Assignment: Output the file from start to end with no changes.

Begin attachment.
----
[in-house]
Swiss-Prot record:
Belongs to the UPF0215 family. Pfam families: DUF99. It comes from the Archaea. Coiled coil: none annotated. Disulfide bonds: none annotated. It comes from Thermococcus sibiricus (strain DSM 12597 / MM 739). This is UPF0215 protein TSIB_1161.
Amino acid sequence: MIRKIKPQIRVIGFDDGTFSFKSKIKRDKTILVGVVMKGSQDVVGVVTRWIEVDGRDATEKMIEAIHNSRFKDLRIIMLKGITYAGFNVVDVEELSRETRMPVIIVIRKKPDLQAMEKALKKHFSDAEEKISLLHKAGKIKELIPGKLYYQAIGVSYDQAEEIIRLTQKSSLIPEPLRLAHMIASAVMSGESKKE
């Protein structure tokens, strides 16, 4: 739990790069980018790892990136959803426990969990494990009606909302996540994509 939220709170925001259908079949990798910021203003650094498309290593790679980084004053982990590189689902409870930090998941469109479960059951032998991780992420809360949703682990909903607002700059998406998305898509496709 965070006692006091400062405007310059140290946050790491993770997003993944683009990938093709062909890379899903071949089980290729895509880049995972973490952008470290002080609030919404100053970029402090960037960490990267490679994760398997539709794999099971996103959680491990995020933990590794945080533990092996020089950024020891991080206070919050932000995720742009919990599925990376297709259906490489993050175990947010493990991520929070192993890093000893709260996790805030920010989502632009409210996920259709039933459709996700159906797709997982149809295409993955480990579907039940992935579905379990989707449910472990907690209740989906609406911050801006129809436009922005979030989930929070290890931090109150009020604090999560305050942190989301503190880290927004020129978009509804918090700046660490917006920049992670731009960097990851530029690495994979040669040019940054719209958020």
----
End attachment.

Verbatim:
[in-house]
Swiss-Prot record:
Belongs to the UPF0215 family. Pfam families: DUF99. It comes from the Archaea. Coiled coil: none annotated. Disulfide bonds: none annotated. It comes from Thermococcus sibiricus (strain DSM 12597 / MM 739). This is UPF0215 protein TSIB_1161.
Amino acid sequence: MIRKIKPQIRVIGFDDGTFSFKSKIKRDKTILVGVVMKGSQDVVGVVTRWIEVDGRDATEKMIEAIHNSRFKDLRIIMLKGITYAGFNVVDVEELSRETRMPVIIVIRKKPDLQAMEKALKKHFSDAEEKISLLHKAGKIKELIPGKLYYQAIGVSYDQAEEIIRLTQKSSLIPEPLRLAHMIASAVMSGESKKE
């Protein structure tokens, strides 16, 4: 739990790069980018790892990136959803426990969990494990009606909302996540994509 939220709170925001259908079949990798910021203003650094498309290593790679980084004053982990590189689902409870930090998941469109479960059951032998991780992420809360949703682990909903607002700059998406998305898509496709 965070006692006091400062405007310059140290946050790491993770997003993944683009990938093709062909890379899903071949089980290729895509880049995972973490952008470290002080609030919404100053970029402090960037960490990267490679994760398997539709794999099971996103959680491990995020933990590794945080533990092996020089950024020891991080206070919050932000995720742009919990599925990376297709259906490489993050175990947010493990991520929070192993890093000893709260996790805030920010989502632009409210996920259709039933459709996700159906797709997982149809295409993955480990579907039940992935579905379990989707449910472990907690209740989906609406911050801006129809436009922005979030989930929070290890931090109150009020604090999560305050942190989301503190880290927004020129978009509804918090700046660490917006920049992670731009960097990851530029690495994979040669040019940054719209958020």